Becky from River Forest  

Posted: April 4th, 2012 1:14 AM

...of course their is a "human factor" to this, but are we speaking about the teachers being released, some with the added comment of, "You will NOT be back next year." or are we talking about the humans who remain and or will return who are ineffective and possibly there for the money and the retirement package? If there wasn't a "human factor" then why would we care? Teaching isn't just showing up and doing the same old thing that one has done every year, or giving the same tests over and over

John Butch Murtagh from Oak Park, Illinois  

Posted: April 3rd, 2012 10:51 PM

Marty - we poked our fingers in each others eye once in a while, but never lost our ability to chat. There was times when I bailed out of board meeting at 10pm and knowing the meeting was going 'til midnight, thinking that you had the worst job in OP. Then I would read your articles and think -- Marty has best job in OP. Lots of Luck. You will be missed.

John Butch Murtagh from Oak Park, Illinois  

Posted: April 3rd, 2012 10:39 PM

Hello Transparency -- we luv ya! It is fantastic to see Supt. Steven Isoye and HR director, Lauren Smith opening up to the press and the residents. Hopely, we will see more taxing districts following D200's path. I recall from my Michigan school board days that temporary teachers, subs, and teacher without low seniority hoped to receive a spring RIF letter. Why? It gave them unemployment for the summer. I hope it works in Illinois as well. I have no problem with summer unemployment at all. It's tough making a go of things when you first start as a teacher. Great scoop, Dan. It was absolutely Martyish!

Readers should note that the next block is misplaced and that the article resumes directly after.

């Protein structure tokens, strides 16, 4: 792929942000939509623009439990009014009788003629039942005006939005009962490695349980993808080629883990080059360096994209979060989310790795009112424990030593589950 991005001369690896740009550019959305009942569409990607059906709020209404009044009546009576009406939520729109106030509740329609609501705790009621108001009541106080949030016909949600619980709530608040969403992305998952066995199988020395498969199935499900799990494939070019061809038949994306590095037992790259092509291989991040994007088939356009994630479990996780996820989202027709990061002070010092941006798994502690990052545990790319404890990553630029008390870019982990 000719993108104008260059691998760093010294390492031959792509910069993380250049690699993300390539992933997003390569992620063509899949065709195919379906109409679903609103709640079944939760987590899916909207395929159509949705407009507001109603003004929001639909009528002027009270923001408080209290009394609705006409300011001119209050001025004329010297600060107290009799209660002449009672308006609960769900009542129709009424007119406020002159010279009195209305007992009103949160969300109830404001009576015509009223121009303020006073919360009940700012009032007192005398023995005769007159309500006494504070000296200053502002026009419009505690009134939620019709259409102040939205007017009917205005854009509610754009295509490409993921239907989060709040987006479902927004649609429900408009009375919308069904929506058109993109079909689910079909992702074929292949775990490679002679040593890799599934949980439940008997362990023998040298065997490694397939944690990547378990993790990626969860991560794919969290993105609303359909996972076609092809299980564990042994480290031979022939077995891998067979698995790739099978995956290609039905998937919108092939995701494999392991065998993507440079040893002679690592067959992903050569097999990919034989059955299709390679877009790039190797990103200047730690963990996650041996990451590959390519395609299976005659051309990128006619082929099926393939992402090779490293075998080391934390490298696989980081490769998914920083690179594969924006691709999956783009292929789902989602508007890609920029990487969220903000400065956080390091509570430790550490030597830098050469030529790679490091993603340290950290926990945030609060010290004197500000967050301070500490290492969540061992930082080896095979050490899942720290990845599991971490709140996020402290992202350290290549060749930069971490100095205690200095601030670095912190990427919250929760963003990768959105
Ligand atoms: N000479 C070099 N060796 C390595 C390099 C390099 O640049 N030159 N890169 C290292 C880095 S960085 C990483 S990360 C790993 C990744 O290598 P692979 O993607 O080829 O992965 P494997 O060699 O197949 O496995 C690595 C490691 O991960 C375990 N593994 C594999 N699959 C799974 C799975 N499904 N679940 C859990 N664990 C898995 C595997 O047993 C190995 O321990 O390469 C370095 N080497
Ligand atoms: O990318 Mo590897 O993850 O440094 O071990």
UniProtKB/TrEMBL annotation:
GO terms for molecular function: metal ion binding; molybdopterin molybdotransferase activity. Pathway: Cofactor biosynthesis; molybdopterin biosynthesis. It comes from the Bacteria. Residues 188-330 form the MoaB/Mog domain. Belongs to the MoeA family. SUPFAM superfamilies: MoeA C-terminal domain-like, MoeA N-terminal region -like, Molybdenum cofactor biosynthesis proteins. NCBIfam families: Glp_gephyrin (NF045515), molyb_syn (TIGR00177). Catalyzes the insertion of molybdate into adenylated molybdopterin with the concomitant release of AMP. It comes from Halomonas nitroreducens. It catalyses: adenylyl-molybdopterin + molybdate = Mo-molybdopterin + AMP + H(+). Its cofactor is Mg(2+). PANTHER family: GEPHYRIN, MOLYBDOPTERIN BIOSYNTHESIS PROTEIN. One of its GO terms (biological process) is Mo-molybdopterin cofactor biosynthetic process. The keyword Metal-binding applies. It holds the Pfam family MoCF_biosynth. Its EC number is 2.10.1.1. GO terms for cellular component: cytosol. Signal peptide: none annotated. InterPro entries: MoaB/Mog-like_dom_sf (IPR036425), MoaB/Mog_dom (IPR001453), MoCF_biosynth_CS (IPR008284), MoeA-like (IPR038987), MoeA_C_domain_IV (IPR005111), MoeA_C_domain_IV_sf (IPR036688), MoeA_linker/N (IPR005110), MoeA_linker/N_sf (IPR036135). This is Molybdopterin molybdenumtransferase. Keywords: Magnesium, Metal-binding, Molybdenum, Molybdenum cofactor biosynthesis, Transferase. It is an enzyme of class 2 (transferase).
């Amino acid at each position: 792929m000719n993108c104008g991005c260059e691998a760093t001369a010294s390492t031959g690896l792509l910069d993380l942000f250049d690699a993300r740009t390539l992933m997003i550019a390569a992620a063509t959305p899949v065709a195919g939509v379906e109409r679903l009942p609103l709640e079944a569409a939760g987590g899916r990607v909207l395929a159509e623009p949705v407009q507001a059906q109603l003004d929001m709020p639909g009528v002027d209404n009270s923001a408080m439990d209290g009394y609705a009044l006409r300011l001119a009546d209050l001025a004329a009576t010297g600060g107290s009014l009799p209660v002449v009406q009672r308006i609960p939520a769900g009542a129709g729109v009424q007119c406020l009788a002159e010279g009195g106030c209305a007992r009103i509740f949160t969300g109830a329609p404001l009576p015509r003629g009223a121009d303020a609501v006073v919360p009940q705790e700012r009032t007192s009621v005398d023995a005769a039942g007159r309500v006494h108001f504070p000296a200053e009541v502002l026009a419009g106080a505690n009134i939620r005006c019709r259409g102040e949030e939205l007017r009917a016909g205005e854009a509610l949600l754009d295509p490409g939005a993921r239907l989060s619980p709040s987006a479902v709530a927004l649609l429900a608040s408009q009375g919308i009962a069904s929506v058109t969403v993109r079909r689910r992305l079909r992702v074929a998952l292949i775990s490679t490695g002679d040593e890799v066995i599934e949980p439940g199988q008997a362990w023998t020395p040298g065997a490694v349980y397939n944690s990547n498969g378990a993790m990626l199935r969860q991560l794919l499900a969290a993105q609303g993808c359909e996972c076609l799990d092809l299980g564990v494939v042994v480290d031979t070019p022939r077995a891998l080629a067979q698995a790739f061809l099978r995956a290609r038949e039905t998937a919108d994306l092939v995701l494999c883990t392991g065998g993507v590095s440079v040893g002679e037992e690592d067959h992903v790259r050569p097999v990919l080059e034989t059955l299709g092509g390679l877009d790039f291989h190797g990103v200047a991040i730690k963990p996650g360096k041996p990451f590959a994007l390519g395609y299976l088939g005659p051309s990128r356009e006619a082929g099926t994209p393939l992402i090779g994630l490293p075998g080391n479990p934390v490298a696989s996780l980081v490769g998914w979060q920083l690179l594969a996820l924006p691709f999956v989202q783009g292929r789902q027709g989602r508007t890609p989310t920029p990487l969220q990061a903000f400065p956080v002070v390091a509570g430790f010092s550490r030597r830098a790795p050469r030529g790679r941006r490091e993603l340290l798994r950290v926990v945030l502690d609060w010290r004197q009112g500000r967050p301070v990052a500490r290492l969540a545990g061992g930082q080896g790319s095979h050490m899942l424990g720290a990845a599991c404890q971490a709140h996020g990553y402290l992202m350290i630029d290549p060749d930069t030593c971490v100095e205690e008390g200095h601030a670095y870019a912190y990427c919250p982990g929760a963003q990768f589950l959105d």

OPRF Achievement  

Posted: April 3rd, 2012 10:14 PM

@John Rigas you have just described exactly what is WRONG with Unions in the School. "It is legal, and is all part of the process" Teacher ratings, effectiveness & Salary have nothing to do with it. Student choices do? Yea right and we all willingly will hand over any amount of Taxes you ask for. BTW what is the "Demand" for Drivers Ed Teachers/Coaches - that make over 130K per year? Oh, I forgot, sports & gym are more important than Math, Science & History. Well, this is Ed. Unions!

Daniel Foley from River Forest, Illinois  

Posted: April 3rd, 2012 10:03 PM

Your comments about the individuals in River Forest were mean spirited. I don't recall you or anyone at the WJ making such characterizations about those who run Oak Park. I'd argue that while River Forest was a source of entertainment in government for a time period, your recent episode with Mr. Barwin indicates that Oak Park has some issues. Please be sure to compare your board to a backwards tv show from the 1950s.